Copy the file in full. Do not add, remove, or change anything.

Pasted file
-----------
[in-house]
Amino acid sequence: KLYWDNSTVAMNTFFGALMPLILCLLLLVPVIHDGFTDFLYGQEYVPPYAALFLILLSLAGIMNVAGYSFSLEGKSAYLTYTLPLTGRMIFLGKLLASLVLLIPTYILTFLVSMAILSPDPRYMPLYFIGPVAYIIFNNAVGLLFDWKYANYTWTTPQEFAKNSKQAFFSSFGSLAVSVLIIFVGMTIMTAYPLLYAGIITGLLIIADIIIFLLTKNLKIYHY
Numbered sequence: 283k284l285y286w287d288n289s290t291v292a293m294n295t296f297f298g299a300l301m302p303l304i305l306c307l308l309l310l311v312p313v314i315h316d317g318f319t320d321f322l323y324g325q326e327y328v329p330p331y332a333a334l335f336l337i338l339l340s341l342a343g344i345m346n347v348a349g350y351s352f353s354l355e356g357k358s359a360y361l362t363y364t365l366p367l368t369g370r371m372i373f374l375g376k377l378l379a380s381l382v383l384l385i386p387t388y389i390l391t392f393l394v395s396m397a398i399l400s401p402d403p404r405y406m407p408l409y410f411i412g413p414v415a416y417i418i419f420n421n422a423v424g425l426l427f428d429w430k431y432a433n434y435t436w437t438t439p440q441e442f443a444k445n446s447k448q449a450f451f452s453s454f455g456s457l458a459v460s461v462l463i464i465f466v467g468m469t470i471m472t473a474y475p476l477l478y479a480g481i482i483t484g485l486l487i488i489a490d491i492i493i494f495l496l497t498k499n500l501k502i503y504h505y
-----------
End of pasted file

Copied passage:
[in-house]
Amino acid sequence: KLYWDNSTVAMNTFFGALMPLILCLLLLVPVIHDGFTDFLYGQEYVPPYAALFLILLSLAGIMNVAGYSFSLEGKSAYLTYTLPLTGRMIFLGKLLASLVLLIPTYILTFLVSMAILSPDPRYMPLYFIGPVAYIIFNNAVGLLFDWKYANYTWTTPQEFAKNSKQAFFSSFGSLAVSVLIIFVGMTIMTAYPLLYAGIITGLLIIADIIIFLLTKNLKIYHY
Numbered sequence: 283k284l285y286w287d288n289s290t291v292a293m294n295t296f297f298g299a300l301m302p303l304i305l306c307l308l309l310l311v312p313v314i315h316d317g318f319t320d321f322l323y324g325q326e327y328v329p330p331y332a333a334l335f336l337i338l339l340s341l342a343g344i345m346n347v348a349g350y351s352f353s354l355e356g357k358s359a360y361l362t363y364t365l366p367l368t369g370r371m372i373f374l375g376k377l378l379a380s381l382v383l384l385i386p387t388y389i390l391t392f393l394v395s396m397a398i399l400s401p402d403p404r405y406m407p408l409y410f411i412g413p414v415a416y417i418i419f420n421n422a423v424g425l426l427f428d429w430k431y432a433n434y435t436w437t438t439p440q441e442f443a444k445n446s447k448q449a450f451f452s453s454f455g456s457l458a459v460s461v462l463i464i465f466v467g468m469t470i471m472t473a474y475p476l477l478y479a480g481i482i483t484g485l486l487i488i489a490d491i492i493i494f495l496l497t498k499n500l501k502i503y504h505y